Although recent works on Galileo's trial have reached new heights of erudition, documentation, and sophistication, they often exhibit inflated complexities, neglect 400 years of historiography, or make little effort to learn from Galileo. This book strives to avoid such lacunae by judiciously comparing and contrasting the two Galileo affairs, that is, the original controversy over the earth's motion ending with his condemnation by the Inquisition in 1633, and the subsequent controversy over the rightness of that condemnation continuing to our day. The book argues that the Copernican Revolution required that the hypothesis of the earth's motion be not only constructively supported with new reasons and evidence, but also critically defended from numerous old and new objections. This defense in turn required not only the destructive refutation, but also the appreciative understanding of those objections in all their strength. A major Galilean accomplishment was to elaborate such a reasoned, critical, and fair-minded defense of Copernicanism. Galileo's trial can be interpreted as a series of ecclesiastic attempts to stop him from so defending Copernicus. And an essential thread of the subsequent controversy has been the emergence of many arguments claiming that his condemnation was right, as well as defenses of Galileo from such criticisms. The book's particular yet overarching thesis is that today the proper defense of Galileo can and should have the reasoned, critical, and fair-minded character which his own defense of Copernicus had.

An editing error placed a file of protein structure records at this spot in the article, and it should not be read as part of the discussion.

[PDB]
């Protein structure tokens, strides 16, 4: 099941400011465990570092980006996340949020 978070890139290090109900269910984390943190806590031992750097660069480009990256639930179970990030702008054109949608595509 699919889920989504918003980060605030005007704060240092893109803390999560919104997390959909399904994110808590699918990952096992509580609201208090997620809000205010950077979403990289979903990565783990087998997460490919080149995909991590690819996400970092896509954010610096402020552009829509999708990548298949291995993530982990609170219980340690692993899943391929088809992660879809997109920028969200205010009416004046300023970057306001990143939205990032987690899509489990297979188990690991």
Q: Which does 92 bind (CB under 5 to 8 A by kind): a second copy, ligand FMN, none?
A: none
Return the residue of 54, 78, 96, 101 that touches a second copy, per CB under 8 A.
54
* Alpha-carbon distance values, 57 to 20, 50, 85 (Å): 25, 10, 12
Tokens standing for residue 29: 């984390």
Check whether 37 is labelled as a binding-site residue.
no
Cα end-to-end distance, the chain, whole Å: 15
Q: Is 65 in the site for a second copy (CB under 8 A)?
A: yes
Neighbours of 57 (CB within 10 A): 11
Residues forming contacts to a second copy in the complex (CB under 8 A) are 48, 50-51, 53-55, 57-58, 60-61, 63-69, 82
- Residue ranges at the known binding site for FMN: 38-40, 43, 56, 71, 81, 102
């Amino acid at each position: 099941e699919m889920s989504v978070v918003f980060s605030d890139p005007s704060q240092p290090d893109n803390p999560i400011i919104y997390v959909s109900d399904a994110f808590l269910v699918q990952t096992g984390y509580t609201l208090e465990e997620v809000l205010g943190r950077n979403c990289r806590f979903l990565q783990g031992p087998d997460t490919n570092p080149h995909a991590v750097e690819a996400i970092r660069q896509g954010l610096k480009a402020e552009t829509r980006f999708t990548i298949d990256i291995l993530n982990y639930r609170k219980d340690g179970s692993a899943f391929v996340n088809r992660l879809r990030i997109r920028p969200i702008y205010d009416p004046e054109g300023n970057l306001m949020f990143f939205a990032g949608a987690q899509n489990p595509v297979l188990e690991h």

Related collections and offers
|Publisher:||Springer-Verlag New York, LLC|
|Product dimensions:||6.14(w) x 9.21(h) x 0.81(d)|
Table of ContentsDetailed Table of Contents
Preface and Acknowledgments
Introduction: A Galilean Approach to the Galileo Affair
Part I: Defending Copernicus
1. The Geostatic Worldview
2. The Copernican Controversy
3. Galileo’s Stances toward Copernican Astronomy
4.Galilean Critiques of the Biblical Objection
5. Galileo on the Mathematical Physics of Terrestrial Extrusion
6. Galilean Rationality in the Copernican Revolution
Part II: Defending Galileo
7. The Trial of Galileo, 1613-1633
8. The Galileo Affair, 1633-1992
9. Galileo Right for the Wrong Reasons?
10. Galileo as a Bad Theologian?
11. Galileo as a Bad Epistemologist?
12. Galileo as a Symbol of Science vs. Religion?